⚠️ See the v0 docs for using Ray with whylogs v0.
There are a lot of ways to use Ray but in general, you'll be creating whylogs profiles on each of the nodes/processes that are created by the Ray scheduler and returning them as
DatasetProfileView instances that can be merged with other profiles. Make sure to return
DatasetProfileView types from functions because
DatasetProfile can't be serialized, and Ray needs to be able to serialize anything moving in between nodes.
Here is a simple example that makes use of Ray's remote decorator to execute a function that profiles a dataframe.
Here is an example that uses Ray's actor and pipeline abstractions to split up a dataset into 8 shards, profile them, and merge the results into a single profile.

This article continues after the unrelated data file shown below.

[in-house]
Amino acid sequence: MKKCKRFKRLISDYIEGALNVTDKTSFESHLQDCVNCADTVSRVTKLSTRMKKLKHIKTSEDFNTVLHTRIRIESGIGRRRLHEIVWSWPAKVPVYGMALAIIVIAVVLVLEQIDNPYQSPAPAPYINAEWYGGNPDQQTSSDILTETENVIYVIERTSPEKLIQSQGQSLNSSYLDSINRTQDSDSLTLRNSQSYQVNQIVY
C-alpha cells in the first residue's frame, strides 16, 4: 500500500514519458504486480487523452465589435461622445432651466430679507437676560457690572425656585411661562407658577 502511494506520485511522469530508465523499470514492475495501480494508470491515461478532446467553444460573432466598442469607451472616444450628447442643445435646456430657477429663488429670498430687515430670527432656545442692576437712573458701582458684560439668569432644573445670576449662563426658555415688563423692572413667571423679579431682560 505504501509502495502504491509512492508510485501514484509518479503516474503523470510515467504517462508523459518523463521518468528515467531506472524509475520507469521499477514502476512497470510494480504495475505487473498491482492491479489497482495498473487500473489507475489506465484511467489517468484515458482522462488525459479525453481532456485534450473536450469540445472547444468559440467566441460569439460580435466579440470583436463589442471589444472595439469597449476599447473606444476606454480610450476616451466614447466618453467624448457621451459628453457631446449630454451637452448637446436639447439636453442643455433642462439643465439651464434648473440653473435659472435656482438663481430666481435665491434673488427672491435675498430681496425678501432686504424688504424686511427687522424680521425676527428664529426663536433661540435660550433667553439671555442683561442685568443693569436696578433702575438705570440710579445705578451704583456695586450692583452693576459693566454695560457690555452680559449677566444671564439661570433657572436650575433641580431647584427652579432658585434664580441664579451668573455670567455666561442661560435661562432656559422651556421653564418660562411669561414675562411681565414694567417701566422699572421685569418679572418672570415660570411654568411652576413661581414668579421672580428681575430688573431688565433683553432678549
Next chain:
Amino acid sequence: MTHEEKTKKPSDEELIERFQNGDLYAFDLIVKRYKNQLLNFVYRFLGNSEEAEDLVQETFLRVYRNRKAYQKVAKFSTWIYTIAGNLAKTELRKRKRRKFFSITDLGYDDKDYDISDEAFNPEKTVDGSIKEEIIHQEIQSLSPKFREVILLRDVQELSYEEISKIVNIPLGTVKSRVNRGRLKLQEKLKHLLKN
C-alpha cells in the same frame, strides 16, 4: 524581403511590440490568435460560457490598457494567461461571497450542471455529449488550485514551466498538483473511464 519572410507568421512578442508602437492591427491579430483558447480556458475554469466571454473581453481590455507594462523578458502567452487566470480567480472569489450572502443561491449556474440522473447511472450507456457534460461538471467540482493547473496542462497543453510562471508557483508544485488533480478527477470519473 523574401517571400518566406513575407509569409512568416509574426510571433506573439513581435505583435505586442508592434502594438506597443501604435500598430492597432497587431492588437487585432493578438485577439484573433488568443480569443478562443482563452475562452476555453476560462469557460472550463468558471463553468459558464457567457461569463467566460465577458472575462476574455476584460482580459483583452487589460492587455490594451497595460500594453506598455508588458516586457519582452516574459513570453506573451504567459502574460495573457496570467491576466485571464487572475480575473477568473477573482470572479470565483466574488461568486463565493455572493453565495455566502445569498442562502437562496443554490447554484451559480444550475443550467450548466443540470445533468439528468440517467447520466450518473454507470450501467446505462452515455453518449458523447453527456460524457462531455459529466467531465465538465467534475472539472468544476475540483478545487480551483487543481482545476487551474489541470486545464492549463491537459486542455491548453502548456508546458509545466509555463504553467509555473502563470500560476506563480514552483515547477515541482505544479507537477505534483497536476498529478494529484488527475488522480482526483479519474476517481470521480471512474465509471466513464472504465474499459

Ray also has Ray Serve as a higher level serving library that utilizes its core functionality to serve models (or anything really). You can use the examples above to integrate whylogs into Ray Serve as well, or you check out our container based integration if you would rather keep whylogs separate from your Ray setup. That will allow you to forward data to a dedicated container endpoint instead of managing whylogs on Ray.
The examples are a bit contrived, but Ray is a very flexible platform. Stop by our community slack to give us more information about how you're using Ray and we can try to custom tailor the advice to your use case.